Planet Princeton

New Jersey voters to consider two public questions Tuesday on library funding and pollution settlements

New Jersey voters will weigh in on two important ballot questions in the general election this Tuesday. The first public question authorizes the state to borrow $125 million for grants to public libraries for capital projects. The second question asks voters to consider a constitutional amendment that would force the state to use pollution settlements to rehabilitate the areas where the environmental damage occurred. Currently the legal settlement money can be put in the state’s general budget.

Public Question 1
Bonds for Public Libraries Measure

A “yes” vote supports authorizing the state to issue $125 million in bonds to provide grants to public libraries.

A “no” vote opposes authorizing the state to issue $125 million in bonds to provide grants to public libraries.

The state librarian, with approval of the president of Thomas Edison State University, would develop the eligibility criteria for libraries to receive grants. Grants would cover 50 percent of the cost of projects. The other 50 percent would be provided by a library’s local government. Private donors would be allowed to contribute toward the 50 percent provided by a local government.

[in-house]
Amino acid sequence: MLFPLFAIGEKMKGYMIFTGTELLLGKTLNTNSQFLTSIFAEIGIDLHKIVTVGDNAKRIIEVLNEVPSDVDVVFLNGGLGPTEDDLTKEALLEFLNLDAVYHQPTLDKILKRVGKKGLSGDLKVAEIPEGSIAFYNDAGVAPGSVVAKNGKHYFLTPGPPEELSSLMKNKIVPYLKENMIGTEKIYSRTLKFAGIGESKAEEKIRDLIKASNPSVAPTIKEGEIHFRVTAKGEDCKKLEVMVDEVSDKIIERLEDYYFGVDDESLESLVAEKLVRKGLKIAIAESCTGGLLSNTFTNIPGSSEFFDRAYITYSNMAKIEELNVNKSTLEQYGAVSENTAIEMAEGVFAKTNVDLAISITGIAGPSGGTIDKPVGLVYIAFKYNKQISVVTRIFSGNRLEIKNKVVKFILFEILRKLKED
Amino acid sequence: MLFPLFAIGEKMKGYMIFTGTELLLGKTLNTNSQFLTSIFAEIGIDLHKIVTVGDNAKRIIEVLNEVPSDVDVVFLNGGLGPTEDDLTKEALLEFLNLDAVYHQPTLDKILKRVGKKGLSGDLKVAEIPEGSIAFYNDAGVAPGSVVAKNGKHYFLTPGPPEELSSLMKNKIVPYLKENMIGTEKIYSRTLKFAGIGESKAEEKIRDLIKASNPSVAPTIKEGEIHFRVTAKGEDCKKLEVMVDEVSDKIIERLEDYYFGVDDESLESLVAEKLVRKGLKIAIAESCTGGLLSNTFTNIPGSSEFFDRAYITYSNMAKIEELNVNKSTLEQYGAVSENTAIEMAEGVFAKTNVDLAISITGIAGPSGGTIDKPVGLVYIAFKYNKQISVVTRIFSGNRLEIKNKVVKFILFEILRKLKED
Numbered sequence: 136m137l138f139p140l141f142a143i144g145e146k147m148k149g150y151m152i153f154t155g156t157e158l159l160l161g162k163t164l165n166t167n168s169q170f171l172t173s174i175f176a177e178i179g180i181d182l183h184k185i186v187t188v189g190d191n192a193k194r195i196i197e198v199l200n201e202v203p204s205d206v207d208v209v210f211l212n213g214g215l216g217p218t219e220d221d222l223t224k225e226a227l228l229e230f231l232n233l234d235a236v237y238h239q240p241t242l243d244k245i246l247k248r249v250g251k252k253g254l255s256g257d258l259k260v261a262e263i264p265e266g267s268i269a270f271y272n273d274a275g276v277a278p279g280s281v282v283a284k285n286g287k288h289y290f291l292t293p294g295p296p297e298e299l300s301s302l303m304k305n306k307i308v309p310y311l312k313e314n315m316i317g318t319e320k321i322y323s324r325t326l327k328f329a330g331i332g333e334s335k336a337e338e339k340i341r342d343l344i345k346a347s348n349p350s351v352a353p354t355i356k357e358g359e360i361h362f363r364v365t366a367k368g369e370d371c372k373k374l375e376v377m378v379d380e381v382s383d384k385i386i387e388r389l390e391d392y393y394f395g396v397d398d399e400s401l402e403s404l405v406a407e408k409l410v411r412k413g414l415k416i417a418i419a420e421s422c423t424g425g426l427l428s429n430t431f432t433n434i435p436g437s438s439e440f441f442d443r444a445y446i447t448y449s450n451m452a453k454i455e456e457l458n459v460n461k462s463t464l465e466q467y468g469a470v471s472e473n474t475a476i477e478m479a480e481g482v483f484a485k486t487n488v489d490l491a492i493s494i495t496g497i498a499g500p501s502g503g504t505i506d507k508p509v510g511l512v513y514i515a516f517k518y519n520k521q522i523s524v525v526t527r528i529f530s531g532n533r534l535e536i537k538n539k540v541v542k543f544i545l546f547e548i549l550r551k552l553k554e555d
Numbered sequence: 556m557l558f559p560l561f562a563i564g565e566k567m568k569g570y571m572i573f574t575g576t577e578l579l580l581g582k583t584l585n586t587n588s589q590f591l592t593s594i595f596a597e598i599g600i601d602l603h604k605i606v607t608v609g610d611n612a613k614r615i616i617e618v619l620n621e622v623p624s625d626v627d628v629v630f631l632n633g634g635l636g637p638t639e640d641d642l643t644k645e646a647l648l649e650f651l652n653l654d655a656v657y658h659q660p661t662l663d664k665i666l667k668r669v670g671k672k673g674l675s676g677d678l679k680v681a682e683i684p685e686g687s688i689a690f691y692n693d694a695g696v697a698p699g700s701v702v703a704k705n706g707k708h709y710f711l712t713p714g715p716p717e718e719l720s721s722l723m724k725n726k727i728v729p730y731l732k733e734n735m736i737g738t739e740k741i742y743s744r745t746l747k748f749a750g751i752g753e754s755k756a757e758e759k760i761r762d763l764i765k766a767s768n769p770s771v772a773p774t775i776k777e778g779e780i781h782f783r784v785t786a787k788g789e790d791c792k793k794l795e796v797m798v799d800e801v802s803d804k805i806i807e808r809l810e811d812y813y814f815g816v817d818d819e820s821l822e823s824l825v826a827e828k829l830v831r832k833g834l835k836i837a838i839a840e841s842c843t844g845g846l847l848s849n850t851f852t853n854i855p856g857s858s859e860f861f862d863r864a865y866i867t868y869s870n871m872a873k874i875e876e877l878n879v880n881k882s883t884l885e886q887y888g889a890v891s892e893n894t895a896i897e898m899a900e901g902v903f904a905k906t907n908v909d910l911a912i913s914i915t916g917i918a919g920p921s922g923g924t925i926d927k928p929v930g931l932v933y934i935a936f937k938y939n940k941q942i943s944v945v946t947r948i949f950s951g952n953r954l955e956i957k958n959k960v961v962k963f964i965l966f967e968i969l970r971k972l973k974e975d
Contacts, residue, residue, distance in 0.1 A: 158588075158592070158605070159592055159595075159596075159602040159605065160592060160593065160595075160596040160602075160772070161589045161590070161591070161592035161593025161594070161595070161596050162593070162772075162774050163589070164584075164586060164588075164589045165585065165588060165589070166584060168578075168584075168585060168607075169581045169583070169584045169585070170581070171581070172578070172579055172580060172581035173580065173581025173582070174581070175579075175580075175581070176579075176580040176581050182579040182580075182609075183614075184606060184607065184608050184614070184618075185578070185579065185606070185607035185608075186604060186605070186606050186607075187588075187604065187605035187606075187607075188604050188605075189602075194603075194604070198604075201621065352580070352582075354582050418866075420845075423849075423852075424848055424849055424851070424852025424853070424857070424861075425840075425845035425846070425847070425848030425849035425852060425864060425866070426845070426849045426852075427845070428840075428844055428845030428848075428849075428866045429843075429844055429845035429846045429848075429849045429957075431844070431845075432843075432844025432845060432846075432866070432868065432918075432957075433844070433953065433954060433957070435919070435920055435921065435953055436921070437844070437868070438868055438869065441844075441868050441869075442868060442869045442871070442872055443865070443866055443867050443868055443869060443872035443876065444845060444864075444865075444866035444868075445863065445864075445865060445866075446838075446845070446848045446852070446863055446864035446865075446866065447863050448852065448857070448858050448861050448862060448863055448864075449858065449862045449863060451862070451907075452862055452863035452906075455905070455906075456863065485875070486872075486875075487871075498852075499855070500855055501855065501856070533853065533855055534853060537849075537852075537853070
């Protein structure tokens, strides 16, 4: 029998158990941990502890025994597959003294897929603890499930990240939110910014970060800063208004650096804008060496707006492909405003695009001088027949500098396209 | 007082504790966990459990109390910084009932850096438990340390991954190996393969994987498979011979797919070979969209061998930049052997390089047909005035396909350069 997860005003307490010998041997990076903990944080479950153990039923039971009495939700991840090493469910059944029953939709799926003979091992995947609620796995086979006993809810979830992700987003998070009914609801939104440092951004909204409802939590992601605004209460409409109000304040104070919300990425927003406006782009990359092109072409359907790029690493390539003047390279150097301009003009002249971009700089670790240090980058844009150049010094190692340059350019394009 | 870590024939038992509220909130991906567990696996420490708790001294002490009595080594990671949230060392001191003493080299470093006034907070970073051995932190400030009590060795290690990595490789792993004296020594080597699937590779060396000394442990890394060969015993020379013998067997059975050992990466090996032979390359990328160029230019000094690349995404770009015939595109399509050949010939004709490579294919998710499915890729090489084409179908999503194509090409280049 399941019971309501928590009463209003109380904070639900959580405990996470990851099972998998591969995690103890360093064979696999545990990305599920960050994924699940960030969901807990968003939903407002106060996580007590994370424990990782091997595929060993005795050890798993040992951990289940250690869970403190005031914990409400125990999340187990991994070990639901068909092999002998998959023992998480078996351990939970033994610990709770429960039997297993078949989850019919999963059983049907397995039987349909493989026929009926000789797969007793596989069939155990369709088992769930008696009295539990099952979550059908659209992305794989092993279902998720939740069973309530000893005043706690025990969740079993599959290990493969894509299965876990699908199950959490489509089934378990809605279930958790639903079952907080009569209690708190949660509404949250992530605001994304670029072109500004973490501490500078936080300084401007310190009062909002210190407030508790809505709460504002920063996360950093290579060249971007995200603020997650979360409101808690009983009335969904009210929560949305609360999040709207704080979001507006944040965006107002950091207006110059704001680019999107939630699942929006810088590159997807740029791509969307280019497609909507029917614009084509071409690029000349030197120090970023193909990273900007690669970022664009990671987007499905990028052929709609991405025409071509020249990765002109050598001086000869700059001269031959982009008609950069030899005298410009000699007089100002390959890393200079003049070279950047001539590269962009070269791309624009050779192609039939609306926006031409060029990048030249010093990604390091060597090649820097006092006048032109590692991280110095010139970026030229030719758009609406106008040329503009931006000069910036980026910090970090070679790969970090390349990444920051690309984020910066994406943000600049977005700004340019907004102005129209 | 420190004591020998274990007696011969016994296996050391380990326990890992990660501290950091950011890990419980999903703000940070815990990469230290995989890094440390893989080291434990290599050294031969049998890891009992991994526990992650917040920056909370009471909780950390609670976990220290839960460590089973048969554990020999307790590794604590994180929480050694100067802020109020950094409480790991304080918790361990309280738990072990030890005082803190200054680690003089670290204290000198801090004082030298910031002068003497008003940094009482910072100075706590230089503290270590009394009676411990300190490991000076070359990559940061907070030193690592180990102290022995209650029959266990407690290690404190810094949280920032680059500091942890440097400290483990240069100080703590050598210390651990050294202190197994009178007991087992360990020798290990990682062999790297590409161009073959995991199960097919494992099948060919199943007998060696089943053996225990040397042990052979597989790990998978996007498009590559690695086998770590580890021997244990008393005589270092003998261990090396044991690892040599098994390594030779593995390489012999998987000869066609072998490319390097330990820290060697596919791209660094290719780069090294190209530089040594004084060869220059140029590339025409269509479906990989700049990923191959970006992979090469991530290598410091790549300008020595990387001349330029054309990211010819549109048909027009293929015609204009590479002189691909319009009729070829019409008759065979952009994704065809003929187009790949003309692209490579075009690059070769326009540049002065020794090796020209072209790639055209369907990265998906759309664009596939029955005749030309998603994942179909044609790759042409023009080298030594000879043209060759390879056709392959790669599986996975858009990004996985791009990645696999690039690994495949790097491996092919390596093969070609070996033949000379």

Text of Measure

Do you approve the “New Jersey Library Construction Bond Act”? This bond act authorizes the State to issue bonds in the aggregate principal amount of $125 million. The proceeds of the bonds will be used to provide grants to public libraries. The grants will be used to build, equip, and expand public libraries to increase capacity and serve the public.

 Interpretive Statement

Approval of this bond act will allow the State to sell $125 million in State general obligation bonds. Proceeds from the bonds will be used to provide grants to construct, expand, and equip public libraries. Municipalities or counties that fund public libraries will match the grant amount. The municipality or county may solicit private funding to support its match. The State Librarian, in consultation with the President of Thomas Edison State University, will set eligibility criteria for the grants.

Public Question 2
The Revenue from Environmental Damage Lawsuits Dedicated to Environmental Projects Amendment

A “yes” vote supports allocating state revenue from legal settlements related to natural resource damages in cases of environmental contamination toward restoring and protecting natural resources and paying the costs of pursuing the settlements.